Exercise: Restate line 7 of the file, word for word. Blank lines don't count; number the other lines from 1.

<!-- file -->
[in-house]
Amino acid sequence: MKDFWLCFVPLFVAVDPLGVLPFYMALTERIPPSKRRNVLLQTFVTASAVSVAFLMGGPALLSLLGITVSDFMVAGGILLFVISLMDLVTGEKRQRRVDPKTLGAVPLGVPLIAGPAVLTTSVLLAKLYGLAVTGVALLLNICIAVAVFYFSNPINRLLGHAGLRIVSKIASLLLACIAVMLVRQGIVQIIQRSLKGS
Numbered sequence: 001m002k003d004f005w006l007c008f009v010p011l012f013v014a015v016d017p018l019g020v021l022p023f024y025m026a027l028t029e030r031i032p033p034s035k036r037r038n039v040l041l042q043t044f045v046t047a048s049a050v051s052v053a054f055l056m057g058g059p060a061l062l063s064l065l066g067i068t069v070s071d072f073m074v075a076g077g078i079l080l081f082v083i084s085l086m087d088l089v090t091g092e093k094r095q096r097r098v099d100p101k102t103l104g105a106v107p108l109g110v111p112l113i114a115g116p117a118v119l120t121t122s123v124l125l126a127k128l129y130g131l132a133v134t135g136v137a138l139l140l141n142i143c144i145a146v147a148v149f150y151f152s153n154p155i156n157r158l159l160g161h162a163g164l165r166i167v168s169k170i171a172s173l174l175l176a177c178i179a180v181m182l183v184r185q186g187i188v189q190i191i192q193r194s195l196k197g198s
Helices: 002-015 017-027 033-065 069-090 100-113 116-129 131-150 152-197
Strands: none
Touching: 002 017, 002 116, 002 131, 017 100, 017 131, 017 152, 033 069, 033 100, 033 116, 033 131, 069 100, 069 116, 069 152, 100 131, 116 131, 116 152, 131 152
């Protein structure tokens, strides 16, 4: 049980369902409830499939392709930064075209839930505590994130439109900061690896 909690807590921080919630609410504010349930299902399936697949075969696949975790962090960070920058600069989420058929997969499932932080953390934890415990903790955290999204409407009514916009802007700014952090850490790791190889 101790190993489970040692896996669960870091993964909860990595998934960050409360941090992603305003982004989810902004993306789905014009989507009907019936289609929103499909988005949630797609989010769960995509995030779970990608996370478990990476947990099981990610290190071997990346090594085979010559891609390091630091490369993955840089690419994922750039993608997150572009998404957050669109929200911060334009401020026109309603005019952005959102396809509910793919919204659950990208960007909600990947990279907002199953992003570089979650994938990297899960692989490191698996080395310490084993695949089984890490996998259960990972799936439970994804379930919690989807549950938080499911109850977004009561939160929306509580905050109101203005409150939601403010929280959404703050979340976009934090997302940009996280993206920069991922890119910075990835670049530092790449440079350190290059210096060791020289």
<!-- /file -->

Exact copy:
């Protein structure tokens, strides 16, 4: 049980369902409830499939392709930064075209839930505590994130439109900061690896 909690807590921080919630609410504010349930299902399936697949075969696949975790962090960070920058600069989420058929997969499932932080953390934890415990903790955290999204409407009514916009802007700014952090850490790791190889 101790190993489970040692896996669960870091993964909860990595998934960050409360941090992603305003982004989810902004993306789905014009989507009907019936289609929103499909988005949630797609989010769960995509995030779970990608996370478990990476947990099981990610290190071997990346090594085979010559891609390091630091490369993955840089690419994922750039993608997150572009998404957050669109929200911060334009401020026109309603005019952005959102396809509910793919919204659950990208960007909600990947990279907002199953992003570089979650994938990297899960692989490191698996080395310490084993695949089984890490996998259960990972799936439970994804379930919690989807549950938080499911109850977004009561939160929306509580905050109101203005409150939601403010929280959404703050979340976009934090997302940009996280993206920069991922890119910075990835670049530092790449440079350190290059210096060791020289």